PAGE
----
And so from the beginning and throughout history there is an imperfect use of this gift, yet it would be wrong to conclude that therefore they don’t have the means to speak for Christ authentically and authoritatively. We Jesus Himself gave instruction to His followers it wasn’t always heeded. Yet it was the Apostles who persevered. For example when Jesus was taught unambiguously of need to eat His Flesh and Drink His Blood, He lost a lot of disciples. Jesus turned to the Apostles and asks them if they are going to skidaddle. “Simon Peter answered him, ‘Master, to whom shall we go? You have the words of eternal life.’” (Jn 6:68) If it weren’t for Peter and the Apostles would the Lord have had any disciples left?
Ultimately they followed Jesus through obedience to Him and not what the crowd said or even what their own limited understanding dictated. Similar to those early disciples who left Jesus over the Eucharist it was revealed last summer that over 70% of Catholics in America don’t believe in the Eucharist. With such widespread misunderstanding of our Catholic faith today we must give the example of the Apostles.
When the Jesuits returned to Japan after having been expelled for 260 years there were amazed to find in a remote village in the north east of the country where the people gathered every Sunday to pray the Apostles Creed, the Our Father, Hail Mary, Glory Be, Acts of Faith, Hope, Charity and Contrition, and recite the Ten Commandments and the Eight Beatitudes. The flabbergasted missionaries asked about the custom and were told that a long time ago the “fathers” in preparation of their own martyrdom instructed the ancestors of these Christians to do this. And then the jubilation of these Jesuits turned to apprehension when the villagers said that they were given instruction by these same “fathers” that when others would come talking about Christ, they were to ask them four questions. When you enter your churches what do you do? Does your Lord have a mother? Where does the leader of your church live? Do your fathers have wives?
The timeless identifying marks of those under the guidance of the Good Shepherd. The true Presence of the Eucharist, the honor to the Blessed Mother, the successor of St. Peter in Rome and the discipline of celibacy in imitation of Jesus and the Apostles. Ultimately this is where we find the Good Shepherd.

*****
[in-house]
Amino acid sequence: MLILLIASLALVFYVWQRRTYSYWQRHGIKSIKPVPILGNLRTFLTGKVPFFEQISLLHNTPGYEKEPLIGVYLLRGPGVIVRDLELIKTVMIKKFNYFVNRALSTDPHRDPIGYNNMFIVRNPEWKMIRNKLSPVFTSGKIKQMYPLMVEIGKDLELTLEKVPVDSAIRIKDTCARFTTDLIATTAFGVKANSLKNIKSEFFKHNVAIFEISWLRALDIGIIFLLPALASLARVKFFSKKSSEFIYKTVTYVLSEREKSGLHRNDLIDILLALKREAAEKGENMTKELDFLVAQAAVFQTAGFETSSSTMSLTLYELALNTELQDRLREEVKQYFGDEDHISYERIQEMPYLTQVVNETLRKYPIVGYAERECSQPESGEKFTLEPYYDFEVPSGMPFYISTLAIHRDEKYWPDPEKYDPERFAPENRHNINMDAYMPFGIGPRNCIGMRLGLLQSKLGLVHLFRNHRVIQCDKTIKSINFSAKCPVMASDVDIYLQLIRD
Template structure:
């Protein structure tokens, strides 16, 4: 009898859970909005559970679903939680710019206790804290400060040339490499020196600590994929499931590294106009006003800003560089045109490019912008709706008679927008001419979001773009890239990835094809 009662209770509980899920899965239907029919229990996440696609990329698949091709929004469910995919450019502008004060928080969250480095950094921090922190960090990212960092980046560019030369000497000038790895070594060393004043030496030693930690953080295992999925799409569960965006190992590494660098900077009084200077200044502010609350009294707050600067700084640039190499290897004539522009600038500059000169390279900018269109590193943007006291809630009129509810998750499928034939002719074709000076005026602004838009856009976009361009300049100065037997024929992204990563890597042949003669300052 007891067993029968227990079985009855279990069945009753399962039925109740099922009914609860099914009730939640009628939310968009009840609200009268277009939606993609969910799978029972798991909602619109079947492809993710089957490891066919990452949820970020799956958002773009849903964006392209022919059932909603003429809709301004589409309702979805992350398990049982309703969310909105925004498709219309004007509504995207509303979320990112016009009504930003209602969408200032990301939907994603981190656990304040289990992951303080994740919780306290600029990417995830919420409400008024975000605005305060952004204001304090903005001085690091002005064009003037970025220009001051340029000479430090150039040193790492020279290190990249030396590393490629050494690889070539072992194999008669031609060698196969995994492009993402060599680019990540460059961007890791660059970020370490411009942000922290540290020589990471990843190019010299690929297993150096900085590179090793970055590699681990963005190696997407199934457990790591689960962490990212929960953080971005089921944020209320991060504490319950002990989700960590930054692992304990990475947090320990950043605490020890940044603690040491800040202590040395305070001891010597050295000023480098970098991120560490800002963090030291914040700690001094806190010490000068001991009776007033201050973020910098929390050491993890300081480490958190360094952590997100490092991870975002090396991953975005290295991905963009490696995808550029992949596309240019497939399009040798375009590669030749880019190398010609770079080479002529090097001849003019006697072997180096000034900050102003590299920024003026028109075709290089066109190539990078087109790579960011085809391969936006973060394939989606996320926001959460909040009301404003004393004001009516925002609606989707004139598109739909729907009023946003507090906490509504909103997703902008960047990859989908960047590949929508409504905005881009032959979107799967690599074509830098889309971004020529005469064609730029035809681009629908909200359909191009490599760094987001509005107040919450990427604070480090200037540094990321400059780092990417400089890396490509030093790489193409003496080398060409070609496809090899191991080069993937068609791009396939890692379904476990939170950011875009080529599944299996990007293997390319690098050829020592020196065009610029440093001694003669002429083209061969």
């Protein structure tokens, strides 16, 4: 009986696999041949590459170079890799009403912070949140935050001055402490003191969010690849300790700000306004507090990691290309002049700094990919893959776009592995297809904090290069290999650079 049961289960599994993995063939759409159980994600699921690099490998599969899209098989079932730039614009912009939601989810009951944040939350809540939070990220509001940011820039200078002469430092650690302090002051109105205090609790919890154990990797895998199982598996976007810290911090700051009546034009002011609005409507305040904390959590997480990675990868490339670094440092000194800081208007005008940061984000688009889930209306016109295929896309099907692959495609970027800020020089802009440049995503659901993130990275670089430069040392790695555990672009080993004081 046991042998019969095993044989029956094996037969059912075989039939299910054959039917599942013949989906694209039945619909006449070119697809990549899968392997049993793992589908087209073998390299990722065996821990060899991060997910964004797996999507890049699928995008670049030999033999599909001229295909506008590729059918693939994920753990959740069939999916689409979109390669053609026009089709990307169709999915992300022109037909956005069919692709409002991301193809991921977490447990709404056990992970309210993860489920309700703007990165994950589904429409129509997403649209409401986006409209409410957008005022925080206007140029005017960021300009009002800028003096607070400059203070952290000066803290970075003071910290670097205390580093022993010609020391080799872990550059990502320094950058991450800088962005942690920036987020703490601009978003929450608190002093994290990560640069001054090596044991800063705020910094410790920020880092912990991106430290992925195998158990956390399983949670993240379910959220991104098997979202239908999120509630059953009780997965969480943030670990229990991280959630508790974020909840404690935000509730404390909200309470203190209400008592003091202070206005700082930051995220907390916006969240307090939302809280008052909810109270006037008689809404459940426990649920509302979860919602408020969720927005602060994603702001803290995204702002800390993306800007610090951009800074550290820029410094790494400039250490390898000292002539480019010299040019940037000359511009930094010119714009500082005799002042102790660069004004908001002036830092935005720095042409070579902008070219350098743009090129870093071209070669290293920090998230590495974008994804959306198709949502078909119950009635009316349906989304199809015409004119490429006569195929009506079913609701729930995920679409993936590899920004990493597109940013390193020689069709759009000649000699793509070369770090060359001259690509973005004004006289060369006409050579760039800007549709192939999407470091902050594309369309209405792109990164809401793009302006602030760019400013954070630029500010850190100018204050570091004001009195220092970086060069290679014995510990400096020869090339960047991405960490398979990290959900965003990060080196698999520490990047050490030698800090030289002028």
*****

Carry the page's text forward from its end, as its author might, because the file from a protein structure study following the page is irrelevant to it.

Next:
God became one of us. The hallmark of the Incarnation is humility. This virtue is to be always present in the humble instruments that He uses to shepherd His Church. The Good Shepherd leads as one of us, not like those who bark commands over the flock, wielding sticks and employing dogs.
God the Son became one of us. So much so that He Himself practiced obedience, even when every fiber of His being didn’t want to. In the Garden of Gethsemane He resisted to the point of sweating blood. Nevertheless just as He taught His disciples He took up His cross. Chances are that we won’t literally be taking up instruments of our execution. More often the obedience that we are expected to imitate is that of the Child Jesus.
Take Joseph, Our Lord’s foster father. Sacred Scripture describes him as a just man. We know that God the Father entrusted him with the care of the Blessed Virgin Mary and His Incarnate Son, so he must have been quite admirable. Nevertheless that doesn’t mean that he was immaculate. He was a victim of Original Sin like you and me. And so, like Jesus, the Good Shepherd, Who humbled Himself to live and obey under Joseph’s roof and adhere to the Fourth Commandment, so we are called to follow good men who have flawed human nature and enormous and unimaginable responsibility.
Who of us was content with our father’s managing our homes at some point in our youth? Hopefully most can look back and see their father’s wisdom eclipsing their sophomoric understanding of the world. As the saying goes, “When I was a boy of fourteen, my father was so ignorant I could hardly stand to have the old man around. But when I got to be twenty-one, I was astonished at how much he had learned in seven years.” We call this phenomenon 20/20 vision.
By-the-way we are in the year 2020 and 20 + 20 = forty. Hopefully the forty days that we’ve spent will give us the insight needed to improve things in ourselves and the world. Don’t forget the Holy Rosary in that improvement. The Blessed Mother was most clear and emphatic with it being the tool to improve the world in our time. The Good Shepherd not only obeyed Joseph, but especially His immaculate Mother.
We imitate the Good Shepherd and follow His humble lead. Regarding those whom He has called to lead us, we can rest assured that we can’t go wrong in obeying. The great thing about obedience regarding options that are moral (we can’t never obey an immoral law) is that you can’t be wrong. “Let every person be subordinate to the higher authorities, for there is no authority except from God, and those that exist have been established by God. Therefore, whoever resists authority opposes what God has appointed, and those who oppose it will bring judgment upon themselves.” (Rm 13:1-2)